In 2021, we published our first “Cost of Bots” report. 2021 was a time of flux, of lockdowns, furloughs, and home working. A lot of predictions were made as to how this would change cybersecurity.
A year on from our cost of bots report, we wanted to know what has changed. Has remote working led to a new wave of bot attacks? Is there a better understanding of how these attacks work? Are businesses fighting back, or losing the war?
In our Bot Management Review 2022, we surveyed 440 businesses across the travel, entertainment, ecommerce, financial services and telecoms sectors in the United States and the UK. Our 2022 report finds that in almost every measure, businesses appear to be doing worse than last year in the fight against bots—though this may not necessarily mean they are losing the fight.
As well as the finding that bots attacks are going undiscovered for longer, the research also found:
• Bot owners are shifting their tactics, with 60% of businesses detecting attacks on APIs and 39% detecting attacks on mobile apps (up from 46% and 23% from 2021 respectively).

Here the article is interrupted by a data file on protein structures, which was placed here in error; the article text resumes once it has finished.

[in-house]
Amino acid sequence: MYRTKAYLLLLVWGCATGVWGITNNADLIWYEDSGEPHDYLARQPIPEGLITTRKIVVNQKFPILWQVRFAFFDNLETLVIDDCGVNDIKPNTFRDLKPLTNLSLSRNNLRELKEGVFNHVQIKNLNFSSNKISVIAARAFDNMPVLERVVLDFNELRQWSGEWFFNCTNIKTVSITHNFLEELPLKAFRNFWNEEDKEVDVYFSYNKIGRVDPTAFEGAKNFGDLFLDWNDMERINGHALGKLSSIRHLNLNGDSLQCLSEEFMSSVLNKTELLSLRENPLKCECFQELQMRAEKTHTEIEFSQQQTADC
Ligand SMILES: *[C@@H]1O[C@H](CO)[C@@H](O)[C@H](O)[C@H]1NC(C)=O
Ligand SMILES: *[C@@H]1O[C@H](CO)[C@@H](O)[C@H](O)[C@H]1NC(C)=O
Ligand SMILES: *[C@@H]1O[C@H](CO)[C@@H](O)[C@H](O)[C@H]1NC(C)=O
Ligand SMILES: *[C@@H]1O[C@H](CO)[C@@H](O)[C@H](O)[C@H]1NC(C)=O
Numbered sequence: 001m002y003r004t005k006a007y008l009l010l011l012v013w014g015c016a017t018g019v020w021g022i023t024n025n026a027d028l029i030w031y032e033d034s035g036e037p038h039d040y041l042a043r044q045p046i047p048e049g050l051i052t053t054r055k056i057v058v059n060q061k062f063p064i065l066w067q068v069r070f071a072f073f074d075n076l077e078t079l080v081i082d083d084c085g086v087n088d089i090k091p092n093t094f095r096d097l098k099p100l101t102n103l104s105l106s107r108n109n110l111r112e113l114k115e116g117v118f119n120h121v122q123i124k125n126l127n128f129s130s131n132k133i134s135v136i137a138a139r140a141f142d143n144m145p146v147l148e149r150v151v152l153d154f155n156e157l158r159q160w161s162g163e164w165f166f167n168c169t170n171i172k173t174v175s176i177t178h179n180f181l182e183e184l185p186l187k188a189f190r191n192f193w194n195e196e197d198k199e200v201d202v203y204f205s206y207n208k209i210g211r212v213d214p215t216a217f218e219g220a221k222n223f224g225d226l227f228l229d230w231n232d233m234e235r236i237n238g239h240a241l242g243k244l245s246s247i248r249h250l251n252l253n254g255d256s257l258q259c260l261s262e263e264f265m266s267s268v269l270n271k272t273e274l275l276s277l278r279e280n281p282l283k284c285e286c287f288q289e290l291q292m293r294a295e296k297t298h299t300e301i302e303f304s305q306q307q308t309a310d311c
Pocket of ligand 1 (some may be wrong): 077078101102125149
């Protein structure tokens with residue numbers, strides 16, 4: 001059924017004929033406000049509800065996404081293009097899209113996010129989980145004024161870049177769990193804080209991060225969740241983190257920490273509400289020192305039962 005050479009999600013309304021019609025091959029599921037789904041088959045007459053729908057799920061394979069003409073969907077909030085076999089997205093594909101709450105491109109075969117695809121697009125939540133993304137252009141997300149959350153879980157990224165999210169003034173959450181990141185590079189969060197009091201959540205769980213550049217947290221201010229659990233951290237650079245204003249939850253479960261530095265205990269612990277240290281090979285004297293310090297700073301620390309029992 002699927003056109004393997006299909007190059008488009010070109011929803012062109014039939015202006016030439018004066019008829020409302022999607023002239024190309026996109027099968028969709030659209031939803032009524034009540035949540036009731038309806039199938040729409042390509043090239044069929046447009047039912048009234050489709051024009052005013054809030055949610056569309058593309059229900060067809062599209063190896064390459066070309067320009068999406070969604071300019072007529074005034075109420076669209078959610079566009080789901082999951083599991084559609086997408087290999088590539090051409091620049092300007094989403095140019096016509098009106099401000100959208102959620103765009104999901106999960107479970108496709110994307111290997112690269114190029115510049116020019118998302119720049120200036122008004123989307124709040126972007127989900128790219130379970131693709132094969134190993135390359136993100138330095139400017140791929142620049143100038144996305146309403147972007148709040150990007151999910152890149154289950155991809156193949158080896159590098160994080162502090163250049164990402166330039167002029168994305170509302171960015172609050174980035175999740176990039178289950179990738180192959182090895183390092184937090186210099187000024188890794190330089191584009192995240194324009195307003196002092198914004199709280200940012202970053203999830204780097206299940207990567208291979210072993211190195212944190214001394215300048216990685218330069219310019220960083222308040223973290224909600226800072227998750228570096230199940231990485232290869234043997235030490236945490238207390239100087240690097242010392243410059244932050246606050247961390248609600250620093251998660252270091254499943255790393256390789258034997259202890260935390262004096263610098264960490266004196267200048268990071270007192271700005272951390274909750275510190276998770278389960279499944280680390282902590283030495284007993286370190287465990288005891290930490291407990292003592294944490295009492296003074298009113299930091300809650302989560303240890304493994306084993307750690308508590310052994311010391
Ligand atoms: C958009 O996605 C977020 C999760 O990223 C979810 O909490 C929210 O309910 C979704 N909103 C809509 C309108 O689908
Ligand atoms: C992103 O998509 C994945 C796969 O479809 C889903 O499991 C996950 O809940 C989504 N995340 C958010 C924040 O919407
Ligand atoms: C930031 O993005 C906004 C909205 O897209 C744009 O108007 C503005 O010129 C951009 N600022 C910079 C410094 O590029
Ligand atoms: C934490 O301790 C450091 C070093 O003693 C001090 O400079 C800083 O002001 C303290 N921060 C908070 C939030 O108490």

• Attacks from each of the main types of bots—sniper, account checker, scalper and scraper—have all increased by between 7-9 percentage points from 2021. 53% of businesses are now detecting attacks from account checker bots.*
• Almost all businesses, around 97%, report that customer satisfaction has been affected by bot attacks.
• Retailers in the US are reporting fewer loyalty points being stolen by automated attacks, but the value of the average theft has more than doubled, suggesting a more targeted approach.
• The revenue impact of skewed web analytics, caused by bots being treated as genuine visitors, has increased from 4% to 5%, though fewer businesses report a substantial impact from this particular effect of bot attacks.